The printing order numbers that I have seen on the lower left plate blocks are as follows:


  • 2c plate 2 - #1117
  • 3c plate 1 - #1398
  • 4c plate 1 - #503
  • 5c plate 1 - #282 (wide spacing of numerals)
I only have a few of the numbers here, as I have only examined a fairly limited range of plate blocks that I currently have in stock. I'd be indebted to anyone who can tell me what some of the other numbers are. 

Position dots are found in at least four configurations:

  • One dot in the selvage, just to the right of the 20th stamp, as shown in the UR block above.
  • One dot in the selvage, just below the 91st stamp in the LL block, as shown above.
  • Two dots in the selvage of LL blocks: one below the 91st stamp, and one to the left of the 80th stamp, just to the left of the order number. 
  • One dot in the margin just to the left of the 11th stamp. 
  • Two dots in the selvage of LR blocks; one to the right of the 80th stamp, and one just below the 99th stamp. 

So, while the basic set of plate blocks is no more than 16 blocks if you count the "red violets" and hibrite papers, it can be expanded greatly if you include:


  • Different configurations of position dots.
  • Different paper and gum varieties other than the plain or "hibrite" papers.
  • Different shades other than just the basic "red violet" and deep reddish lilac shades. 


Plate Flaws and Re-Entries

Unitrade does not list any plate flaws on this issue. However, I am in possession of a 6c plate block that shows a prominent plate crack.  A scan is shown below:


The crack shows up on the lower right stamp next to the arrow. Here is a close-up"


The crack shows up as a heavy, squiggly line protruding from the left of the "6". 

The 4c block block below shows two unlisted varieties:

1. A re-entry in the inscription, which shows clear doubling of the letters "Adian Bank No" in the imprint.

2. A slash across the "C" of "Percevoir" in the bottom centre stamp.


Now some close-up scans of those two varieties:


It is difficult to see here in this scan, but you can just make out two impressions of most letters, very close to one another. It is most apparent on the "B" of "Bank", but in the flesh, it is readily apparent on the other letters between "Adian Bank No" as well.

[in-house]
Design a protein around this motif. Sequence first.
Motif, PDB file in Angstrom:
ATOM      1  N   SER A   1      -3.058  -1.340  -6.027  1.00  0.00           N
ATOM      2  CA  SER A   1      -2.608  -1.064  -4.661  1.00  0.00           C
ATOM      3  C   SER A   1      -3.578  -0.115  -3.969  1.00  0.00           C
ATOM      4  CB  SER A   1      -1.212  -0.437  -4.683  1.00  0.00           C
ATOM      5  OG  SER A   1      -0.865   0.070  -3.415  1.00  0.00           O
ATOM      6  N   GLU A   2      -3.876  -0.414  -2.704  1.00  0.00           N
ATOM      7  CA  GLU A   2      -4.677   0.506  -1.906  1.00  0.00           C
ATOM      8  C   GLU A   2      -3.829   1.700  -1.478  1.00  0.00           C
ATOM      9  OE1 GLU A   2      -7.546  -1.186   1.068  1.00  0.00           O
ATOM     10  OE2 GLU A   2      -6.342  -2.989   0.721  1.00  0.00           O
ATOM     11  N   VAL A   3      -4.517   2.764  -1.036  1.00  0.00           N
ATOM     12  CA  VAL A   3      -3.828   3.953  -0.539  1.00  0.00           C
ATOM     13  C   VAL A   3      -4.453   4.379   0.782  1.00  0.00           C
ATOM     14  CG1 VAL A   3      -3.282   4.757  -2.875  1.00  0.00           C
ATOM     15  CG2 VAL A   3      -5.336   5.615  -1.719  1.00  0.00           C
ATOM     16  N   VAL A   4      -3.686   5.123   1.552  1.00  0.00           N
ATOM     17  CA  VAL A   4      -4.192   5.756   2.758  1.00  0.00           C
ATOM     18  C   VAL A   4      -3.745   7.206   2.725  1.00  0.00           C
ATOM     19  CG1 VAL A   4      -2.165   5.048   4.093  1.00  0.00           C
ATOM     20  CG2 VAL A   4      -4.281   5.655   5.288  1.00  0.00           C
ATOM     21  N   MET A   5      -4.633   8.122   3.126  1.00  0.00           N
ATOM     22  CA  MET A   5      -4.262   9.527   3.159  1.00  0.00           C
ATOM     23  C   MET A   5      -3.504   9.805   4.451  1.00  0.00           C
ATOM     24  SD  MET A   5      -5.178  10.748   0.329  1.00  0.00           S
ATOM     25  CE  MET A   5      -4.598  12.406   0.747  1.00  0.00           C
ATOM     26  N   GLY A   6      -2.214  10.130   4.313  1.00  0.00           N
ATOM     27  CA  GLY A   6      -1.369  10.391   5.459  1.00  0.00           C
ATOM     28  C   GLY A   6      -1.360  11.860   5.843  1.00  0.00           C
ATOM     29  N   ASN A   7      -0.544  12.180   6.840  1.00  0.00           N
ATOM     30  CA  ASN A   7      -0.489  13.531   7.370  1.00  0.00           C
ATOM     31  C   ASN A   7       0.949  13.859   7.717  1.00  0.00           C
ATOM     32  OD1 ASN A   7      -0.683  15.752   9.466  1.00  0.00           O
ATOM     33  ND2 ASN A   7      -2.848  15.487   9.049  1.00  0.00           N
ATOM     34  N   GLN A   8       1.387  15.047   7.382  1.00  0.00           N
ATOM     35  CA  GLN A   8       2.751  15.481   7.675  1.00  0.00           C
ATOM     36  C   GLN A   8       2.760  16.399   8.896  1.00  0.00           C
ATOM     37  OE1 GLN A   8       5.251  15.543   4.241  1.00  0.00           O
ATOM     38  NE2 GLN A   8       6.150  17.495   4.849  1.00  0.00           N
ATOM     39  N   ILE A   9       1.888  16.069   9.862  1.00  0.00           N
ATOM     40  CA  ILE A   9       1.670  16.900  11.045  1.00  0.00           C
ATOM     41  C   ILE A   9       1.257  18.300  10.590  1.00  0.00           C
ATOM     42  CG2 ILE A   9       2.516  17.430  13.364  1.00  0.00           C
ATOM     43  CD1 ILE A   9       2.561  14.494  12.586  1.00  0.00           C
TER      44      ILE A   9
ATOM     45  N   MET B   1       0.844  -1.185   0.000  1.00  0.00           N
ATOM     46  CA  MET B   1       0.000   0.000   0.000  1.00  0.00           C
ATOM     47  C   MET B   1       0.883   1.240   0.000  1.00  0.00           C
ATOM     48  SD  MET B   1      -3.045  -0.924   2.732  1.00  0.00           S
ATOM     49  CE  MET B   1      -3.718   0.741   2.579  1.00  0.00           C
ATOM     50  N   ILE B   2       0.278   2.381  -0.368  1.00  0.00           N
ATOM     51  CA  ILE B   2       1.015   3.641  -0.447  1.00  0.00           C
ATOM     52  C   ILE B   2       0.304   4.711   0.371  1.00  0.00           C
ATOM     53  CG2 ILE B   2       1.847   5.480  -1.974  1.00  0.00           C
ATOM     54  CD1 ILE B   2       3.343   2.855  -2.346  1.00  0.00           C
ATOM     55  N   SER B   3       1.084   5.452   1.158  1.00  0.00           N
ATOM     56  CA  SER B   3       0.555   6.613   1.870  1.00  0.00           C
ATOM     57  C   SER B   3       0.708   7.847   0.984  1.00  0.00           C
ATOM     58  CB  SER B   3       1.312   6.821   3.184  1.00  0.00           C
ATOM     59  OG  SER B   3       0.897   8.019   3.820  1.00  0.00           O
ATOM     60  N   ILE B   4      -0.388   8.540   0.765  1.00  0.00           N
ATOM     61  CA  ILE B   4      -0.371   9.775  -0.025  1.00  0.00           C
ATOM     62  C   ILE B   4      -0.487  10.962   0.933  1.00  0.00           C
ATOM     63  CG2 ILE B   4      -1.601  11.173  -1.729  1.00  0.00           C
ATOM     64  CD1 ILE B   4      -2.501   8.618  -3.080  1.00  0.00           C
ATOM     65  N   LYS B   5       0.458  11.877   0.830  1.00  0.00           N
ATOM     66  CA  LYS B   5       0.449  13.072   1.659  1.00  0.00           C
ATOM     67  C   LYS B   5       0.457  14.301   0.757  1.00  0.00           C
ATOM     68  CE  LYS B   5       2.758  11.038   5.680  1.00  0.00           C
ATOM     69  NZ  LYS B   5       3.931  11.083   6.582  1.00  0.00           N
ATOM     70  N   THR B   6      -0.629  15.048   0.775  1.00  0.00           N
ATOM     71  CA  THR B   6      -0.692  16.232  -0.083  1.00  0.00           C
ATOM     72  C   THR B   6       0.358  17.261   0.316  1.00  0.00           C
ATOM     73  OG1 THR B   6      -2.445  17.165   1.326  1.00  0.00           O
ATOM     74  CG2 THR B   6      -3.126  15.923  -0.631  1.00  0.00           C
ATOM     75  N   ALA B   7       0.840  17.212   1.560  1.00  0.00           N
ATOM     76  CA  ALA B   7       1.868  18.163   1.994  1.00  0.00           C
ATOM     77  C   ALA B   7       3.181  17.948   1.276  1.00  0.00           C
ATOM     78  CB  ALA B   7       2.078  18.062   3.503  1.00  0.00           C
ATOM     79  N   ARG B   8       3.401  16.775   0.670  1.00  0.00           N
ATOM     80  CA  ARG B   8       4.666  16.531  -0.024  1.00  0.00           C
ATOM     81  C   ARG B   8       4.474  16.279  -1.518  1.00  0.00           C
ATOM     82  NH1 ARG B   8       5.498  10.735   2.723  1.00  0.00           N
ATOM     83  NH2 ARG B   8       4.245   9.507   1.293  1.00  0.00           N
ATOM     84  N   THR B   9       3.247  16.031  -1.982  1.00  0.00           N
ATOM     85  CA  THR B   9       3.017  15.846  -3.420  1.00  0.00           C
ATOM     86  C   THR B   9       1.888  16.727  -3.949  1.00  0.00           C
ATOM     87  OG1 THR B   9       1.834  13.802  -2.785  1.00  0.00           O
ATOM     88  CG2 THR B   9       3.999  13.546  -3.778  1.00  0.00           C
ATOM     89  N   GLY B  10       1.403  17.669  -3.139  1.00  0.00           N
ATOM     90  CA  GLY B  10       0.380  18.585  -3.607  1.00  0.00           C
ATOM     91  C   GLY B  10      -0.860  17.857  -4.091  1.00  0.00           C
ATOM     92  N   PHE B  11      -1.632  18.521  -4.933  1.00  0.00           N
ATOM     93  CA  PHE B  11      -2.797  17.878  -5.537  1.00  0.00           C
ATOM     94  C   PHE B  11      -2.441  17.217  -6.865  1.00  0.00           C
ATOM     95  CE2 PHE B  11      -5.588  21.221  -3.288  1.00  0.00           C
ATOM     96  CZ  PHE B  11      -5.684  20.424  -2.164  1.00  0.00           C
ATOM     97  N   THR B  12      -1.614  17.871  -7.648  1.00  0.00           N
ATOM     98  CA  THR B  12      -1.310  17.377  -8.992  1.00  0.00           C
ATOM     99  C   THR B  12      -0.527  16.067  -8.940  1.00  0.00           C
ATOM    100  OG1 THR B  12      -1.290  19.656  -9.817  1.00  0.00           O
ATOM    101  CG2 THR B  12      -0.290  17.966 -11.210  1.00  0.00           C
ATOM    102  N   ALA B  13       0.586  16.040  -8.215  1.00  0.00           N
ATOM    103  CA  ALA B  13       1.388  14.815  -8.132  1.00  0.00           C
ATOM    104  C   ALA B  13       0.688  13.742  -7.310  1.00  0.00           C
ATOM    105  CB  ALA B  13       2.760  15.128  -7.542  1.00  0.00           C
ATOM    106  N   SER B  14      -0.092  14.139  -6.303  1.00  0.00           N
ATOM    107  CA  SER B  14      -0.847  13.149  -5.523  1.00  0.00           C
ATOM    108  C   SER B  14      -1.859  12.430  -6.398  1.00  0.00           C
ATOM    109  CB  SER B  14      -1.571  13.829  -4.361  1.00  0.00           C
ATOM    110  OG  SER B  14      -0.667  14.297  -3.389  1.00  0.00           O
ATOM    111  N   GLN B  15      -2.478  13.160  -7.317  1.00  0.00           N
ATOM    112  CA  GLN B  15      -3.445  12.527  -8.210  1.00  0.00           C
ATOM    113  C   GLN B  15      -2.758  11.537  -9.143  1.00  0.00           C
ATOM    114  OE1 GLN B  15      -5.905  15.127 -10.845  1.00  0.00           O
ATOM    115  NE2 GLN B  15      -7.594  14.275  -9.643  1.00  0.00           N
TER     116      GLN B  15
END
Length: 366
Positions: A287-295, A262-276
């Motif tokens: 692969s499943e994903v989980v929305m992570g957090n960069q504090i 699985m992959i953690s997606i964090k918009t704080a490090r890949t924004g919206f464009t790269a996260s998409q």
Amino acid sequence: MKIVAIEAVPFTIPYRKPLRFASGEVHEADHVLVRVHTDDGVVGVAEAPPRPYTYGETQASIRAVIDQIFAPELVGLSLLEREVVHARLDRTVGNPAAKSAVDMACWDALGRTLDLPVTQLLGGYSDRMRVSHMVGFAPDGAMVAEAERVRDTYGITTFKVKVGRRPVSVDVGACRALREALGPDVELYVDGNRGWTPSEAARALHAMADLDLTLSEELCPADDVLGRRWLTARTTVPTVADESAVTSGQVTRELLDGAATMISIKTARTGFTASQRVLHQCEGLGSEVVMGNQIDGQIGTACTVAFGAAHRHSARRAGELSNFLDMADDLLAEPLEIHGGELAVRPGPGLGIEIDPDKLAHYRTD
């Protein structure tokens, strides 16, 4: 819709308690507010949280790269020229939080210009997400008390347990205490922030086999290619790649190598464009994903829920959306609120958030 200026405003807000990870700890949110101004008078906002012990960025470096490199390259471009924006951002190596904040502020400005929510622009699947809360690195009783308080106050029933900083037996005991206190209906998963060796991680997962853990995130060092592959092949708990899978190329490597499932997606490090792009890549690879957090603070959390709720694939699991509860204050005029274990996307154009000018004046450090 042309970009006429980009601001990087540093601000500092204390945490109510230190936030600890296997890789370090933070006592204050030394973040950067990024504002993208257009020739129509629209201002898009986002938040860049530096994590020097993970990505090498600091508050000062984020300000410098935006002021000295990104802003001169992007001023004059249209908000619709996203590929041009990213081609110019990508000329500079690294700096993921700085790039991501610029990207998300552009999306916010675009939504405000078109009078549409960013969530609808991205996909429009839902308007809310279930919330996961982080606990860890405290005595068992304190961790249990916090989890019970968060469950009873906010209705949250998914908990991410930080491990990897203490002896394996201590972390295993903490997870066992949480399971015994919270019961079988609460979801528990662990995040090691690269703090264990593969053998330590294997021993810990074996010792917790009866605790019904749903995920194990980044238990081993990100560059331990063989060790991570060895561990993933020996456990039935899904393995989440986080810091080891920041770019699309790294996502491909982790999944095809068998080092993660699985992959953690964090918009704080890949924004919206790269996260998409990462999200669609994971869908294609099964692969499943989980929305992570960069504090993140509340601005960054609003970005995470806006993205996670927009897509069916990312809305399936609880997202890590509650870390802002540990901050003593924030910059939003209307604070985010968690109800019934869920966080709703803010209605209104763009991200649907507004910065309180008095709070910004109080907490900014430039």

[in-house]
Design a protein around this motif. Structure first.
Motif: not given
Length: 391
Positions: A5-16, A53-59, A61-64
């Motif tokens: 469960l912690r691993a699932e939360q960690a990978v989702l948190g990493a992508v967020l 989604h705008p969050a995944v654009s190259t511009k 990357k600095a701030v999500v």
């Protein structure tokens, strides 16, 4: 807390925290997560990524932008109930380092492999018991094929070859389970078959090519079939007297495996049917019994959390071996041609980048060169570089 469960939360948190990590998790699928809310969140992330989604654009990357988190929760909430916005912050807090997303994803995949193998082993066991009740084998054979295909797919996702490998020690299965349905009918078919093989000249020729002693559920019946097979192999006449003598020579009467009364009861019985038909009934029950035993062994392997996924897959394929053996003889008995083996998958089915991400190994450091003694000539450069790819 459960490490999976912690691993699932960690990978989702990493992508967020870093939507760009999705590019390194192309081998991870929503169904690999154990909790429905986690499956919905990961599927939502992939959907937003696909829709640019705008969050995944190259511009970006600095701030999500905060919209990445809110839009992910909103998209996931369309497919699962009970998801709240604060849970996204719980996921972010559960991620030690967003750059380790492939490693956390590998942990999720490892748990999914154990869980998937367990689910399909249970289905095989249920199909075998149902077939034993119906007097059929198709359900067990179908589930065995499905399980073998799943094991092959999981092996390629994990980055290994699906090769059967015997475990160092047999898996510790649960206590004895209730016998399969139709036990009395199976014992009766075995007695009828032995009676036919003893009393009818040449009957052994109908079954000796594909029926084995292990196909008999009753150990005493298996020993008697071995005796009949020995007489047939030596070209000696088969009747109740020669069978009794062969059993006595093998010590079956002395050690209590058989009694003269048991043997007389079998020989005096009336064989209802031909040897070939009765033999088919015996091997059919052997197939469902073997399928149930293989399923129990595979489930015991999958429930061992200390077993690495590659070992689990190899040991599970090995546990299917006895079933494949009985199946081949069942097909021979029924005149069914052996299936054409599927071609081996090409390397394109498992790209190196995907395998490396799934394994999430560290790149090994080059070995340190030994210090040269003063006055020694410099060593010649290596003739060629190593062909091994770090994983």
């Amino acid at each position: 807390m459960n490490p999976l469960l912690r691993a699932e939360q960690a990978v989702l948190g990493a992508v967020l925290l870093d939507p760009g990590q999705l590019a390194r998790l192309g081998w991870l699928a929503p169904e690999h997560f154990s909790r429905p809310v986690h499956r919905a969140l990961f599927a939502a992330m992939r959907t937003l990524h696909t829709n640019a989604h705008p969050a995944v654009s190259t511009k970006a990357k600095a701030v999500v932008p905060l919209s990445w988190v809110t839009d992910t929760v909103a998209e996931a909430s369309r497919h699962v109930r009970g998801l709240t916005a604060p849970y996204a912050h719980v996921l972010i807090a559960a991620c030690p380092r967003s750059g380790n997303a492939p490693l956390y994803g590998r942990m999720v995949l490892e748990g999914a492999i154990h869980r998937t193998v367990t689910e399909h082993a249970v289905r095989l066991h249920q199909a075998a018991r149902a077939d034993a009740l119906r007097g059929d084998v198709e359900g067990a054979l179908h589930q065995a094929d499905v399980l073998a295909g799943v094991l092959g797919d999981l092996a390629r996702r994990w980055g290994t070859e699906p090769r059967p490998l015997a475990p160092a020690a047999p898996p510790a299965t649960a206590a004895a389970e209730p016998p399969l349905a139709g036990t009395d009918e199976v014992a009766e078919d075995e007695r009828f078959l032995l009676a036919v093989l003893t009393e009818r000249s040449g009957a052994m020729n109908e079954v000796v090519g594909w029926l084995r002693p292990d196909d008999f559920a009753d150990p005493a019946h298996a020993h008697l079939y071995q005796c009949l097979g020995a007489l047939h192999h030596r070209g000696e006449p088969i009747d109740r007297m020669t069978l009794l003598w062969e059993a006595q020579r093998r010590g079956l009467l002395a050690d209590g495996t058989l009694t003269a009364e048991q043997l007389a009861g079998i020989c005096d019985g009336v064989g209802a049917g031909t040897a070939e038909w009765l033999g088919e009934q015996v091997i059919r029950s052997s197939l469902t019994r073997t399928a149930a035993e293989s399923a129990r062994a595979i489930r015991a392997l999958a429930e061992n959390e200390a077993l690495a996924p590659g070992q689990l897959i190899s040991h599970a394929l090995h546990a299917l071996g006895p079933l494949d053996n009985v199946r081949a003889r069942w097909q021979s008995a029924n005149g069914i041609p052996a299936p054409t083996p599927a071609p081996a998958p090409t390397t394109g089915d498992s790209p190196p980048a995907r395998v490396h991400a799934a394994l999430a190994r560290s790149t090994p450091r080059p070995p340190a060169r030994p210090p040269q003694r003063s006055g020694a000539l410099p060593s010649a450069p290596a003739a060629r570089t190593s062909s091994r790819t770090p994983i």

This may not be a constant variety, but rather, just a wisp of ink caused by a strand of stray fibre on the plate. However, it could be constant, and would require further study to resolve its status. 

These two blocks show that this issue is well worth studying in more detail. The print quantities and lack of plates suggest very strongly that there should be some good re-entries to be found, and there should also be some constant plate flaws. It seems difficult to believe that the plates could survive a printing of upwards of 60 million stamps for each of the longest issued values (the 1c, 2c, 4c & 10c) without there being at least some re-entries or flaws. 

Imperforate Varieties

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The 1c, 2c, 4c and 10c values, being the original four values of the set all exist imperforate. According to Unitrade, there are only 100 pairs of each known, which is similar to the quantities of most imperforate items of this time period. Despite their extreme scarcity, they are very affordable, listing for between $150-$250 each. They also exist in plate blocks of 6. These are more expensive, at $1,250 per block for hinged.